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NEWS UPDATES Asean Affairs     August 24,  2016  






High wages flash recession warnings in Singapore

SALADSTOP owner Adrien Desbaillets has eased off on expansion plans for his organic food chain in Singapore because high wages are pressuring profit margins at a time when the affluent city state is grappling with low growth and slack global demand.

Instead Desbaillets is branching out in Manila, Jakarta and even in wealthy Tokyo in a worrying sign for Singapore’s small, open economy.

Indeed, while the city state’s economy is expected to grow between 1-2 per cent for the year, analysts say the wage-cost pressures are flashing warnings of a recession.

At roughly 43 per cent of gross domestic product — though below the 55 percent world average — wage costs in Singapore are now at levels which historically had preceded recessions in 1985, 1997 and 2001.

The trouble is that the higher wages are raising business costs at a time when export-oriented Singapore has been hard hit by a cooling China, subdued domestic consumption, a downturn in commodities and global uncertainty due to Britain’s vote to leave the European Union.

“We would have opened two or three more outlets in Singapore if it weren’t for the high wages ... and we would have taken on more projects,” said Desbaillets, whose chain has 15 outlets in Singapore, eight in Manila and is due to open in Jakarta and Tokyo in October.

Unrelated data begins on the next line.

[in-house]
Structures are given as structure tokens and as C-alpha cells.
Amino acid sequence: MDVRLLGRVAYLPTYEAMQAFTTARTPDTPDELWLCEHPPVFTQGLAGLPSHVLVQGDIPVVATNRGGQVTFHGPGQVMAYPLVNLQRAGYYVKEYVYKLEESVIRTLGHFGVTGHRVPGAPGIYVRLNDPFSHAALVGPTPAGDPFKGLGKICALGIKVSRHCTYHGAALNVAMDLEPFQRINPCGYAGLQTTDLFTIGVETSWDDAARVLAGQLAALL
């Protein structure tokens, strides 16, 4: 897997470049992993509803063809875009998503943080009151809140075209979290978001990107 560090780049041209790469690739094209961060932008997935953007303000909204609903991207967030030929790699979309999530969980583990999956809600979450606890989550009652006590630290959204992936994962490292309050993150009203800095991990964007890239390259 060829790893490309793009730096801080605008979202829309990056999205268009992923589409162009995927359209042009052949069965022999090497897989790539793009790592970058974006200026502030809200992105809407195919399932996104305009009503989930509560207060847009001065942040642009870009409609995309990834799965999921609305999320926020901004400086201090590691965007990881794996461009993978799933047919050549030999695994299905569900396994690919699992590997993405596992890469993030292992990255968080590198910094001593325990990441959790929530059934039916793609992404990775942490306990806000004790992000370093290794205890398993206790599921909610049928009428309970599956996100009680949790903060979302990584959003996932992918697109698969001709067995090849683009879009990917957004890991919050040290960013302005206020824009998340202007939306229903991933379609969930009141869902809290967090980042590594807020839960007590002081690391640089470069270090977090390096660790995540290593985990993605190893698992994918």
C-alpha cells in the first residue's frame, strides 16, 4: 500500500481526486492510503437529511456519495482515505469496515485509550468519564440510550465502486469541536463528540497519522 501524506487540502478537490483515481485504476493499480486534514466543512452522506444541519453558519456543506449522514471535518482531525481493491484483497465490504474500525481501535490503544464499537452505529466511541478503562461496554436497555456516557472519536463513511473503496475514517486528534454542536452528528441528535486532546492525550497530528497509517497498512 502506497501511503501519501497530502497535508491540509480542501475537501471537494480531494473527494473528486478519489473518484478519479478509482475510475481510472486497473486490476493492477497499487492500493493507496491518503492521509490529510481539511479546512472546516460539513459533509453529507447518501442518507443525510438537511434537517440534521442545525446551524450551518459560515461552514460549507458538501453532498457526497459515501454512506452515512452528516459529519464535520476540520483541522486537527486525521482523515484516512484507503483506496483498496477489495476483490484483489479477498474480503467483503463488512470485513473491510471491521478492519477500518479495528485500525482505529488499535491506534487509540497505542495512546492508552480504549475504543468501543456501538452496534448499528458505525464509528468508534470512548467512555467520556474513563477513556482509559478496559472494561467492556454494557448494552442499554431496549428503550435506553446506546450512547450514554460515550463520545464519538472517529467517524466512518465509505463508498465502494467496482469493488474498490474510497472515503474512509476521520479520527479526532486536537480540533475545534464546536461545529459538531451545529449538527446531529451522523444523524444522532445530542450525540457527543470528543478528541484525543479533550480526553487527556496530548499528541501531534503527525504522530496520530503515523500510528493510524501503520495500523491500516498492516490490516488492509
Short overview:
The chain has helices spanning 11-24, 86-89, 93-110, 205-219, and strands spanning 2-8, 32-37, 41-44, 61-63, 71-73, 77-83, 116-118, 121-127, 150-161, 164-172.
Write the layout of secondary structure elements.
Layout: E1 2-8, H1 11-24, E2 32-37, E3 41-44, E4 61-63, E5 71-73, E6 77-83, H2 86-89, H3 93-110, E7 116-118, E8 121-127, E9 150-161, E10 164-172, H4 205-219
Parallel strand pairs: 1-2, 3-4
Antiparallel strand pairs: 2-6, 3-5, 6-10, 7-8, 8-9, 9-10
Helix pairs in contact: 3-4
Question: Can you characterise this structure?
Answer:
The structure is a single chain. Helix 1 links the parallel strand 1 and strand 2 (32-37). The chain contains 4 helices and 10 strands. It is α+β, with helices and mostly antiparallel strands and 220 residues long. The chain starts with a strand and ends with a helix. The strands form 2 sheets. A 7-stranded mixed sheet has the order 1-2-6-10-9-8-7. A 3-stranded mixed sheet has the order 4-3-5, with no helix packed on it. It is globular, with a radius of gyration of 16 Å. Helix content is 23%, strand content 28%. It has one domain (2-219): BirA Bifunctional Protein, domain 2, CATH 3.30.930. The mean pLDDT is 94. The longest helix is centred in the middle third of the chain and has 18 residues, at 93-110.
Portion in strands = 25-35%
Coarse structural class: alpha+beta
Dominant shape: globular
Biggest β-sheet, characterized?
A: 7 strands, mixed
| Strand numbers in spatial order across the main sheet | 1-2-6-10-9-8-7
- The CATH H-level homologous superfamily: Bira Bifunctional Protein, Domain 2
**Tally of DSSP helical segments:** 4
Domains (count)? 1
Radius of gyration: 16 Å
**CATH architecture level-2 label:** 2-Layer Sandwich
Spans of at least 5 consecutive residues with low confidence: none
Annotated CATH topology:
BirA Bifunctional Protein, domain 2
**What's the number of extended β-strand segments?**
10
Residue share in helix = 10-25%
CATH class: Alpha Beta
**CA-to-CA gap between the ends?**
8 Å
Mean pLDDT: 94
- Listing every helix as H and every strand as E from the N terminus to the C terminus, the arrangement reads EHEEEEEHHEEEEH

“We’ve been able to hedge our risk a little with our expansion abroad.”

Desbaillets pays his Singapore staff S$1,600 to S$3,200, versus S$300-S$400 in Manila.

His business is growing, but others with less firepower are struggling. They include the majority of the 12,000 companies that Kurt Wee, President of the Association of Small & Medium Enterprises, represents.

“We’ve started hearing of decisions to call it a day,” Wee said.

The figures are telling.

Almost 42,000 businesses ceased in the first half of this year versus nearly 49,000 in the whole of 2015, government data shows.

Total nominal wages rose 4.6 per cent per year on average over the past decade, compared with a 0.5 per cent average annual growth rate of value-added per worker in that period.

And recent data showed the unit labour cost index hitting a record high of 116.7 in the second quarter.

Trinh Nguyen, Natixis’ senior emerging Asia economist says this increases recession risks.

“It squeezes firms’ profit margins and erodes exporters’ ability to compete,” Nguyen said. “While they cannot earn more money externally ... they cannot reduce cost structures.”

Singapore is the fourth most expensive city in the world, according to Mercer, a global consultancy. The high wages partly reflect that. But they would have been lower without the curbs on foreign workers introduced in 2011 amid disquiet over immigration.

The tighter rules also hurt productivity, recruiters say.

“Anecdotally, companies are known to have hired token locals — employees needed to meet quotas so that the company can hire another foreigner,” said Lee Quane, Asia director at recruiting consultancy ECA International.

A shortage of talent in sectors like IT and life sciences means wages in those industries grew faster than the economy, recruiters say.

Simon Lee, CEO of IT company Thatz International Pte Ltd, is looking for merger opportunities to save on the cost with “HR, finance and admin.” But he remains frustrated with the tight labour market:

“Maybe we are killing the geese that lay the golden eggs.”SALADSTOP owner Adrien Desbaillets has eased off on expansion plans for his organic food chain in Singapore because high wages are pressuring profit margins at a time when the affluent city state is grappling with low growth and slack global demand.

Instead Desbaillets is branching out in Manila, Jakarta and even in wealthy Tokyo in a worrying sign for Singapore’s small, open economy.

Indeed, while the city state’s economy is expected to grow between 1-2 per cent for the year, analysts say the wage-cost pressures are flashing warnings of a recession.